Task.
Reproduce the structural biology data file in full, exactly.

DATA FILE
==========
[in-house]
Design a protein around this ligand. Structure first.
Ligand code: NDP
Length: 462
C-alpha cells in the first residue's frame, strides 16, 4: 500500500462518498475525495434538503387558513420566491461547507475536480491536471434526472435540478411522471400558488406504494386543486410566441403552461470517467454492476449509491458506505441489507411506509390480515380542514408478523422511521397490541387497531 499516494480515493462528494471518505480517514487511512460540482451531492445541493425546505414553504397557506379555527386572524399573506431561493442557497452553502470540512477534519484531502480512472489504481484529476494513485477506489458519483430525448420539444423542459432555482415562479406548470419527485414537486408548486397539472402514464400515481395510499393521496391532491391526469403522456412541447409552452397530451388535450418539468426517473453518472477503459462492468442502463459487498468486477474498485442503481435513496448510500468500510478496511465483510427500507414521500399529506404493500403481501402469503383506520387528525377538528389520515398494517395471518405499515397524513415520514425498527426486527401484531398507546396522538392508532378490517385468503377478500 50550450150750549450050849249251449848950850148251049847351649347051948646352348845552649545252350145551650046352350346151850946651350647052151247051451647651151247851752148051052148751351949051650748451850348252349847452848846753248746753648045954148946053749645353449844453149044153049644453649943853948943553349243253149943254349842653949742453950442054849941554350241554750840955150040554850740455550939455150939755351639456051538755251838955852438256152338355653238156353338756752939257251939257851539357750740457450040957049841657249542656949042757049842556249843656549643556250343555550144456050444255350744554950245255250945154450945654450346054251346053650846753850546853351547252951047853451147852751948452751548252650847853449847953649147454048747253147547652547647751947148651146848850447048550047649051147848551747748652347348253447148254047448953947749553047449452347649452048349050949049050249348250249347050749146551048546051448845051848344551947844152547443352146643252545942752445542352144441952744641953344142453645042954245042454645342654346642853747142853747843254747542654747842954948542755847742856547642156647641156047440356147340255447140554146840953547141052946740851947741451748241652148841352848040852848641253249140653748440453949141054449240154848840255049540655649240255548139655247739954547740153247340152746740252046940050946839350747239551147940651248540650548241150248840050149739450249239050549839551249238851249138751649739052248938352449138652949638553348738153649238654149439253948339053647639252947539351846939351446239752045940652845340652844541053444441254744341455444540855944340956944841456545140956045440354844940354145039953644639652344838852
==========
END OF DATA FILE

[in-house]
Design a protein around this ligand. Structure first.
Ligand code: NDP
Length: 462
C-alpha cells in the first residue's frame, strides 16, 4: 500500500462518498475525495434538503387558513420566491461547507475536480491536471434526472435540478411522471400558488406504494386543486410566441403552461470517467454492476449509491458506505441489507411506509390480515380542514408478523422511521397490541387497531 499516494480515493462528494471518505480517514487511512460540482451531492445541493425546505414553504397557506379555527386572524399573506431561493442557497452553502470540512477534519484531502480512472489504481484529476494513485477506489458519483430525448420539444423542459432555482415562479406548470419527485414537486408548486397539472402514464400515481395510499393521496391532491391526469403522456412541447409552452397530451388535450418539468426517473453518472477503459462492468442502463459487498468486477474498485442503481435513496448510500468500510478496511465483510427500507414521500399529506404493500403481501402469503383506520387528525377538528389520515398494517395471518405499515397524513415520514425498527426486527401484531398507546396522538392508532378490517385468503377478500 50550450150750549450050849249251449848950850148251049847351649347051948646352348845552649545252350145551650046352350346151850946651350647052151247051451647651151247851752148051052148751351949051650748451850348252349847452848846753248746753648045954148946053749645353449844453149044153049644453649943853948943553349243253149943254349842653949742453950442054849941554350241554750840955150040554850740455550939455150939755351639456051538755251838955852438256152338355653238156353338756752939257251939257851539357750740457450040957049841657249542656949042757049842556249843656549643556250343555550144456050444255350744554950245255250945154450945654450346054251346053650846753850546853351547252951047853451147852751948452751548252650847853449847953649147454048747253147547652547647751947148651146848850447048550047649051147848551747748652347348253447148254047448953947749553047449452347649452048349050949049050249348250249347050749146551048546051448845051848344551947844152547443352146643252545942752445542352144441952744641953344142453645042954245042454645342654346642853747142853747843254747542654747842954948542755847742856547642156647641156047440356147340255447140554146840953547141052946740851947741451748241652148841352848040852848641253249140653748440453949141054449240154848840255049540655649240255548139655247739954547740153247340152746740252046940050946839350747239551147940651248540650548241150248840050149739450249239050549839551249238851249138751649739052248938352449138652949638553348738153649238654149439253948339053647639252947539351846939351446239752045940652845340652844541053444441254744341455444540855944340956944841456545140956045440354844940354145039953644639652344838852